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06/24/2009  — 

Allspaw talks at Velocity Conf.

John Allspaw put together some great slides about his experiences in an organization where Ops and Engineering work well together. John describes a dream environment -- flashes of which I experienced during peak periods of fun at Kodak and Meez, but never became as institutionalized as it seems to be at Flickr.

Here are the slides from his talk: "10+ Deploys Per Day: Dev and Ops Cooperation at Flickr" (video of the whole talk is coming soon):

More Velocity Conf action on Twitter. Some good stuff going on there! Worth checking out John Adams' talk about scaling Twitter too.

More vids and docs on the O'Reilly site.

07/16/2008  — 

twitterfountain, fun stuff!

In my occasional experimentation with twitter I recently stumbled upon Twitterfountain. It's a widget-y presentation of search results from twitter and flickr. Looks like the twitter data comes from summize which was recently acquired by twitter.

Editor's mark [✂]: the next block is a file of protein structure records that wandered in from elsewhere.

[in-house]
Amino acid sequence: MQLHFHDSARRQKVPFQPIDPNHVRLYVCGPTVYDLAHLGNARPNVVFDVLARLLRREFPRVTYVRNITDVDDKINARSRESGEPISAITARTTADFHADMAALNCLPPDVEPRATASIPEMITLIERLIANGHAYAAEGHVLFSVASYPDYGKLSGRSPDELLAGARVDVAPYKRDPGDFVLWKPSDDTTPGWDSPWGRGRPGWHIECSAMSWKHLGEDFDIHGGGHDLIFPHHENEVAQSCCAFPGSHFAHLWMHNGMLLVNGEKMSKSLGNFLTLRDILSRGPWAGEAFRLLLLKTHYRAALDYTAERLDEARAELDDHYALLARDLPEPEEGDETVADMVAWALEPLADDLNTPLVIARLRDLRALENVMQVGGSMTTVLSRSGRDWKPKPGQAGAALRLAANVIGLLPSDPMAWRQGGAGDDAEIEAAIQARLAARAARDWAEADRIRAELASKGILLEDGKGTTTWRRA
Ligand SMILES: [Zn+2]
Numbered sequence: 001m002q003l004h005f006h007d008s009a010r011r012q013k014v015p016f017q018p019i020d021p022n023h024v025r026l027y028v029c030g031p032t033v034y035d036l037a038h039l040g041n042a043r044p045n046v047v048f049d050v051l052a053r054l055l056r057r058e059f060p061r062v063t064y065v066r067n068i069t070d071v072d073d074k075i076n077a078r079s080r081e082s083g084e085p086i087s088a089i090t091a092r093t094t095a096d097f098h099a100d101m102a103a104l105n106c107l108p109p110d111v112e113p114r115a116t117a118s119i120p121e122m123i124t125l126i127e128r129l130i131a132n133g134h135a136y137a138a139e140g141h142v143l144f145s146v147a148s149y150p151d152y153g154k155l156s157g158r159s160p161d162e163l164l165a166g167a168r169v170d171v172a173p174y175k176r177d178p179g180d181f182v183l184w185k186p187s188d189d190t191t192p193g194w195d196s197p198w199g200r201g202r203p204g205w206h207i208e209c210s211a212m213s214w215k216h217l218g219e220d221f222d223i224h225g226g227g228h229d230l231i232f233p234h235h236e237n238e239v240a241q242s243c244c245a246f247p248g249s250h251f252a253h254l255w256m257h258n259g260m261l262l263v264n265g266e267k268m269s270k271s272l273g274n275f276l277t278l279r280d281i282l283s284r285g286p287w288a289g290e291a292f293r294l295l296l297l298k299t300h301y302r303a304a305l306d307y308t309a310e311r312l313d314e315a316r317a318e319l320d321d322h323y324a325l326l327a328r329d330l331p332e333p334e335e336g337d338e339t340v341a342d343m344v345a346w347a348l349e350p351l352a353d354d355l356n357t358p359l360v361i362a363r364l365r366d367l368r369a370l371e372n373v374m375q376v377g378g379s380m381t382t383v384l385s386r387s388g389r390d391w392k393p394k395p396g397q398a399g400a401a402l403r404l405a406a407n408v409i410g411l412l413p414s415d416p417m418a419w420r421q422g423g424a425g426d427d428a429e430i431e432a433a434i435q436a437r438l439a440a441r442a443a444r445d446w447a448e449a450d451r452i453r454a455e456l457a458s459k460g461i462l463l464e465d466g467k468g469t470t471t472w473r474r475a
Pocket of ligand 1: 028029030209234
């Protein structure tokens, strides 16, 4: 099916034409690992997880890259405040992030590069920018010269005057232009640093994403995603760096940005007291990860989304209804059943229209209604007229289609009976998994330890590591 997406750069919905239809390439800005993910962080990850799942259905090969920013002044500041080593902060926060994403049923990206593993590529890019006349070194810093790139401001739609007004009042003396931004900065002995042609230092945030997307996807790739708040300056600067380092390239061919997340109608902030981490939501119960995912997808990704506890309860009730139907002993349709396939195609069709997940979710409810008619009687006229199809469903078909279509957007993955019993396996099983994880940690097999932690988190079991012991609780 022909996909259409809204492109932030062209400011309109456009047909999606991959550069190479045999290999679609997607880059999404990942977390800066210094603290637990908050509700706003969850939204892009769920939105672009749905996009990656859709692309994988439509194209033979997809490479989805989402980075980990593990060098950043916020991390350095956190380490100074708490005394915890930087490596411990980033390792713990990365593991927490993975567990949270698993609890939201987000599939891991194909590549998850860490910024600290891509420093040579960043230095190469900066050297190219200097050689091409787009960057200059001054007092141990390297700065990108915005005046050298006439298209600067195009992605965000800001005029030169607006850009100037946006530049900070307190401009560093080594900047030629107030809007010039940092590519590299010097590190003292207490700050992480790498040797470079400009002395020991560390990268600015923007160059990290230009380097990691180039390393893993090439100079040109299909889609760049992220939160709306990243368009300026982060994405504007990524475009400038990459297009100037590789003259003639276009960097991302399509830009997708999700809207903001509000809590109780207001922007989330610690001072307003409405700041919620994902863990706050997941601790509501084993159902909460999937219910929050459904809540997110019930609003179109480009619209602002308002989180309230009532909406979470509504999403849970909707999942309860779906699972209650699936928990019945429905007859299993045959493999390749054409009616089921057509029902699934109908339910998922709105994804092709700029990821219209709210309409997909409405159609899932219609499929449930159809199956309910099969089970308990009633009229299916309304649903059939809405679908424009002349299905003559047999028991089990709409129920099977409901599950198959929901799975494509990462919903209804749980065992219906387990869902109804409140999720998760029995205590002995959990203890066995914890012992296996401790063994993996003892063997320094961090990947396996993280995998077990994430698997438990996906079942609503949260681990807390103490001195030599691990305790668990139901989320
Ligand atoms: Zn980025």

One neat thing I've been doing with this is setting it to run fullscreen on a computer in public view in the office. You'll need to change the settings so the tweets arrive slowly enough and display large enough to read. I've been throwing in search terms related to products or campaigns we're working on; it's a neat way to see what people are talking about right NOW.

Unless you search for something inane like 'greacen' in which case you'll see all my tweets.

Try it with something like 'sears' or 'pepsi' or 'gofish' and you'll see that folks are talking about these brands.

02/08/2008  — 

KodakGallery FINALLY integrates with the web

Kodak and Slide revealed their integration the other day. Now Kodak users can fill Slide widgets with photos from their albums. Yahoo!'s Flickr has always had (and continues to have) more web 2-dot-0-y choices for integrating photos, feeds, and streams of photos.

Personally I'm psyched to see this finally happen, and not just because I have a ZILLON ZIGABYTES of image data on the gallery (from the old ofoto times). Kodak has secretly had an XMI interface available on the net for years. Why didn't they want to exploit this 3 years ago? Their bandwidth costs can't be anything next to their storage costs. Seems like the surest way to lead people toward a cart (and conversion-event (print purchase)) is to have as many eyeballs as possible on the pictures.

Hopefully the Slide integration and recent Firefox plugin signal a new interest in opening up petabytes of photo data. Hopefully that lures a few old customers back to the site to dust off some of their long-forgotten photos.